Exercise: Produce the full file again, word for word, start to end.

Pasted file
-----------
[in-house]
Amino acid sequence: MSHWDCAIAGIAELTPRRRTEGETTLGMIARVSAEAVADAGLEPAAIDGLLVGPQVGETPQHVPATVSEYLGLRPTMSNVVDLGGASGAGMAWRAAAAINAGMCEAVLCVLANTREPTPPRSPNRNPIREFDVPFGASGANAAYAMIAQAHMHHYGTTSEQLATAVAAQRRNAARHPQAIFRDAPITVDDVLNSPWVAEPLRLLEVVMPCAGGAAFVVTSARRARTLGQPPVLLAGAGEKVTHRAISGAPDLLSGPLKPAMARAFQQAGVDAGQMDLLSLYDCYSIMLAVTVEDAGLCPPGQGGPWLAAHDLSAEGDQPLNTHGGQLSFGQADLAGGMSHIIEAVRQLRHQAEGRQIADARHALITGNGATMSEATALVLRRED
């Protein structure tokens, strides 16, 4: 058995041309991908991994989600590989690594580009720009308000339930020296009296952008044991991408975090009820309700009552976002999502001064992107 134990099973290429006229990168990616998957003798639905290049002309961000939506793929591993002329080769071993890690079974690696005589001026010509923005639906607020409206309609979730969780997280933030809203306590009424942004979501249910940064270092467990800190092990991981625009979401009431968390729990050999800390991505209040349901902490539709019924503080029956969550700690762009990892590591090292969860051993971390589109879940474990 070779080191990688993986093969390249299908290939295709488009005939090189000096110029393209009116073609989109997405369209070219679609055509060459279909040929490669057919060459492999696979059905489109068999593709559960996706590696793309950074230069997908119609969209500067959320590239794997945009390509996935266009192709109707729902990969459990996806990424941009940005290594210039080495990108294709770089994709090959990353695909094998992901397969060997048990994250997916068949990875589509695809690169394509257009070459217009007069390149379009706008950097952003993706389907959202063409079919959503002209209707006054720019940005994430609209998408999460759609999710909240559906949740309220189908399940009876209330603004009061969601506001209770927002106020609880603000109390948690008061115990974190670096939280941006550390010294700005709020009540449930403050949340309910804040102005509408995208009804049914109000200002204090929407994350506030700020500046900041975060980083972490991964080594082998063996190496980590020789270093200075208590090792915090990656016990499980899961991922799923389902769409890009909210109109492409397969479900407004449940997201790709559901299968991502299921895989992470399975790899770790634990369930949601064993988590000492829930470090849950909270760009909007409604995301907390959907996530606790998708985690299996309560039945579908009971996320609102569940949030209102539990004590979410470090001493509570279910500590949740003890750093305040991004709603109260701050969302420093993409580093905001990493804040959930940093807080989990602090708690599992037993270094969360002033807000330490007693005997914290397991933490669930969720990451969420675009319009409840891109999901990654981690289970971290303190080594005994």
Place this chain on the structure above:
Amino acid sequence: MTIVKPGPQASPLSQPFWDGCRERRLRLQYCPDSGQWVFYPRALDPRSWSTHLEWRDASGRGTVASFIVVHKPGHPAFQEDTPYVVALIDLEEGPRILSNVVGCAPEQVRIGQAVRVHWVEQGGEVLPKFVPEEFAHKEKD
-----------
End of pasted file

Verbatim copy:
[in-house]
Amino acid sequence: MSHWDCAIAGIAELTPRRRTEGETTLGMIARVSAEAVADAGLEPAAIDGLLVGPQVGETPQHVPATVSEYLGLRPTMSNVVDLGGASGAGMAWRAAAAINAGMCEAVLCVLANTREPTPPRSPNRNPIREFDVPFGASGANAAYAMIAQAHMHHYGTTSEQLATAVAAQRRNAARHPQAIFRDAPITVDDVLNSPWVAEPLRLLEVVMPCAGGAAFVVTSARRARTLGQPPVLLAGAGEKVTHRAISGAPDLLSGPLKPAMARAFQQAGVDAGQMDLLSLYDCYSIMLAVTVEDAGLCPPGQGGPWLAAHDLSAEGDQPLNTHGGQLSFGQADLAGGMSHIIEAVRQLRHQAEGRQIADARHALITGNGATMSEATALVLRRED
């Protein structure tokens, strides 16, 4: 058995041309991908991994989600590989690594580009720009308000339930020296009296952008044991991408975090009820309700009552976002999502001064992107 134990099973290429006229990168990616998957003798639905290049002309961000939506793929591993002329080769071993890690079974690696005589001026010509923005639906607020409206309609979730969780997280933030809203306590009424942004979501249910940064270092467990800190092990991981625009979401009431968390729990050999800390991505209040349901902490539709019924503080029956969550700690762009990892590591090292969860051993971390589109879940474990 070779080191990688993986093969390249299908290939295709488009005939090189000096110029393209009116073609989109997405369209070219679609055509060459279909040929490669057919060459492999696979059905489109068999593709559960996706590696793309950074230069997908119609969209500067959320590239794997945009390509996935266009192709109707729902990969459990996806990424941009940005290594210039080495990108294709770089994709090959990353695909094998992901397969060997048990994250997916068949990875589509695809690169394509257009070459217009007069390149379009706008950097952003993706389907959202063409079919959503002209209707006054720019940005994430609209998408999460759609999710909240559906949740309220189908399940009876209330603004009061969601506001209770927002106020609880603000109390948690008061115990974190670096939280941006550390010294700005709020009540449930403050949340309910804040102005509408995208009804049914109000200002204090929407994350506030700020500046900041975060980083972490991964080594082998063996190496980590020789270093200075208590090792915090990656016990499980899961991922799923389902769409890009909210109109492409397969479900407004449940997201790709559901299968991502299921895989992470399975790899770790634990369930949601064993988590000492829930470090849950909270760009909007409604995301907390959907996530606790998708985690299996309560039945579908009971996320609102569940949030209102539990004590979410470090001493509570279910500590949740003890750093305040991004709603109260701050969302420093993409580093905001990493804040959930940093807080989990602090708690599992037993270094969360002033807000330490007693005997914290397991933490669930969720990451969420675009319009409840891109999901990654981690289970971290303190080594005994």
Place this chain on the structure above:
Amino acid sequence: MTIVKPGPQASPLSQPFWDGCRERRLRLQYCPDSGQWVFYPRALDPRSWSTHLEWRDASGRGTVASFIVVHKPGHPAFQEDTPYVVALIDLEEGPRILSNVVGCAPEQVRIGQAVRVHWVEQGGEVLPKFVPEEFAHKEKD